Time On My Hands

I see by the date of my last post in July that many moons have passed since I posted. Indeed, the act of writing itself has become foreign to me while my hands were used to weed, water and plant seeds. The cultivated earth mistress that demanded most of my attention this year has finally been put to bed, all 5,000 square feet of her. I look at my hands beat up by countless days of cuts from the soil knife or spines off the squash vines, and can actually see clean fingernails as familiar calluses fade into the paleness of my skin.

For the first time in months, I have time on my hands and I find myself a bit lost. The house cries out for attention–closets full of items tossed in randomly for lack of space or safety from sharp kitten teeth, floors that need a good scrubbing to rid them of ground-in garden soil, receipts piled in a drawer with budgets long neglected, paintings and craft projects waiting to be finished before spring. (I could go on, but it’s too early in the day to start drinking.)

I look around in amazement and wonder what happened to that obsessive-compulsive overachieving minimalist who used to inhabit this body sitting here on another dreary mideast morning, the sun that I used to curse for heatstroke by midmorning in the summer, now nowhere to be seen. Wild birds huddle at the feeders outside my insulated windows and the nearly full-grown cat I rescued is squeezed into her favorite cardboard box that’s now three sizes too small for her.

Like a growing child who puts on last year’s winter clothes, I find that my old ways and concerns no longer fit me in this new life of organic gardening, rural living and community consciousness. I’ve learned so much beyond what not to plant next year, or how to manage when the power goes out. I’ve tested my physical limits and personal boundaries this year, and found out when to say no. I’ve become more of a realist and less of a dreamer, although my imagination is still sparked by the light glinting off of dewy spiderwebs and ice-encased red berries.

I’m back to long walks on the wild trails down by the river with my spouse, a patient man who has put up with my obsessions and depressions for over 30 years. Finally, we have the luxury of staying home on snow days without the guilt or grueling commute on dangerous roads. And because of the little community we live in, we can avoid the isolation that rural life often demands in the winter. Gathering together on cold, dark nights before solstice for food, music and laughter, or organizing a trip to the college town close by, are perfect anecdotes to the winter blues.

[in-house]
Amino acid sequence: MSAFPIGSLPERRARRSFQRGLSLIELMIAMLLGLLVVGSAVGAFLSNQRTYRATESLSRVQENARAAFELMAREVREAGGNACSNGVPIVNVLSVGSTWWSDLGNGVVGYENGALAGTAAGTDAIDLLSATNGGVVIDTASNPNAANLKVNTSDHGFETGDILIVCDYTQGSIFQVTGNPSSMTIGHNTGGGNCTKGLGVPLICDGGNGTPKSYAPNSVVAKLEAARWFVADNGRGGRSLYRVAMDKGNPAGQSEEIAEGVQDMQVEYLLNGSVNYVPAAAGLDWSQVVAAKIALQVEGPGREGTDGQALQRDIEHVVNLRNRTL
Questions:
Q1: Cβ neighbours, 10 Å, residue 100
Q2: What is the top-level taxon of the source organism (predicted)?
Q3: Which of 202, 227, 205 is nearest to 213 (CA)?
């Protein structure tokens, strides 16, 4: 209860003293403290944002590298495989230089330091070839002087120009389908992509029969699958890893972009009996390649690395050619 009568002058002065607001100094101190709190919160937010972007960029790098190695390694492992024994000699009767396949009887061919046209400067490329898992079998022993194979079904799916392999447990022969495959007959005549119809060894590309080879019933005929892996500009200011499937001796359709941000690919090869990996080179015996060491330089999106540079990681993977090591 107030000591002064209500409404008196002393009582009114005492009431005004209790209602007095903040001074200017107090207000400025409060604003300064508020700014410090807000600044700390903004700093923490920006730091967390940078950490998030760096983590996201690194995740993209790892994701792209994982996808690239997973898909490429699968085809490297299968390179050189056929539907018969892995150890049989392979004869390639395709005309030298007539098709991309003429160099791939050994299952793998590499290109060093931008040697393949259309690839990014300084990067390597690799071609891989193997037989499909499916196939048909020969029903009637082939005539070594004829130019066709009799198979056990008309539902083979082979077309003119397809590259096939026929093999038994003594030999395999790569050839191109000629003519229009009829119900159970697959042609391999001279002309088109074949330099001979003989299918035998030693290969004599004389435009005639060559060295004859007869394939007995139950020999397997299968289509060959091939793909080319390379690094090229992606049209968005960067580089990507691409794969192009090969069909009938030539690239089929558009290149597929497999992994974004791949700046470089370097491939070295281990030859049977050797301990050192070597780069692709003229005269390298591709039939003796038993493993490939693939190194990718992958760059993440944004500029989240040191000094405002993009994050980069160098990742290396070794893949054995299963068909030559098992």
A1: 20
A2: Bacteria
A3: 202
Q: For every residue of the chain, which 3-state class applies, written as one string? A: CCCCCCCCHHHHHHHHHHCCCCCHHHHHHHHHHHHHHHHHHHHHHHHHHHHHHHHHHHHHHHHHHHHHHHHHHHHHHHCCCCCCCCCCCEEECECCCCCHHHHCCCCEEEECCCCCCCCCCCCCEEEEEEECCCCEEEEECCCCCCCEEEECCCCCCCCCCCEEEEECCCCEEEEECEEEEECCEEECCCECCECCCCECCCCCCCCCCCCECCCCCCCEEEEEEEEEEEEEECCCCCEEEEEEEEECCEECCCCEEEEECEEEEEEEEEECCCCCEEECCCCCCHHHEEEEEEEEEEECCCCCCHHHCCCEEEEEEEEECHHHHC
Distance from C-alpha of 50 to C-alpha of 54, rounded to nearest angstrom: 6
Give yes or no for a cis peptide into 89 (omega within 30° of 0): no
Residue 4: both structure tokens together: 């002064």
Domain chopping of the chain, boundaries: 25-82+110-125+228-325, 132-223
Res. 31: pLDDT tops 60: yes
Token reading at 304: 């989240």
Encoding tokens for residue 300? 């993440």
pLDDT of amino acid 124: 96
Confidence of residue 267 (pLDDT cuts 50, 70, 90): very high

Meanwhile, there’s still some kale sleeping under its winter blanket, pale parsnips waiting to be harvested from frozen ground, and plenty of sweet potatoes to last us through the holidays. It’s been a good year and time to celebrate.

Maybe I’ll even paint my fingernails.

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Finding the Magic


This blog’s long silence can be blamed on our move to the country, and lots of trips with the back of the car loaded Beverly Hillbillies-style holding what we thought were our “minimalist” belongings, which turned out to be quite a few.

Granted, the capacity of our hatchback isn’t cavernous, and we managed to relocate without a moving truck, but still, our “living with less” egos became a bit bruised over the weeks and months that dragged on as we filled box after box. We also were cured of the whole weekend-house-in-the-country mystique after we did our best not to buy and own two of everything, a feat that inevitably led to at least one item residing in the wrong place just when we needed it every week.

However, as I wander around still searching for hastily packed items that ended up in the oddest of places (paring knives with the bath supplies, anyone?), I’m constantly amazed by how everything seems to gravitate toward its perfect placement, and the stuff of my dreams (rustic bohemian cottage with flower gardens) is coming to life after thirty years.

Around every corner, and out the window especially, I’m struck full of wonder each day by a brilliant light beam, or the jewels of frost on an unruly tussle of native seed pods. A walk to the river nearby can lead to a sweet encounter with a baby river otter or the sleepy gaze of a garter snake. The sacred soul of this land that drew ancient prehistoric people to leave their calling cards in the form of earthworks and stone tools, is palpable here.

Which leads me to my Word of the Year, completely entwined with the prolific vegetation that could easily compete with Jack’s beanstalk, and heralded by the fairies that live in a world garden created in love. What could be more appropriate than “Magic” for 2018?

I’m sure that magic won’t be hard to find every day.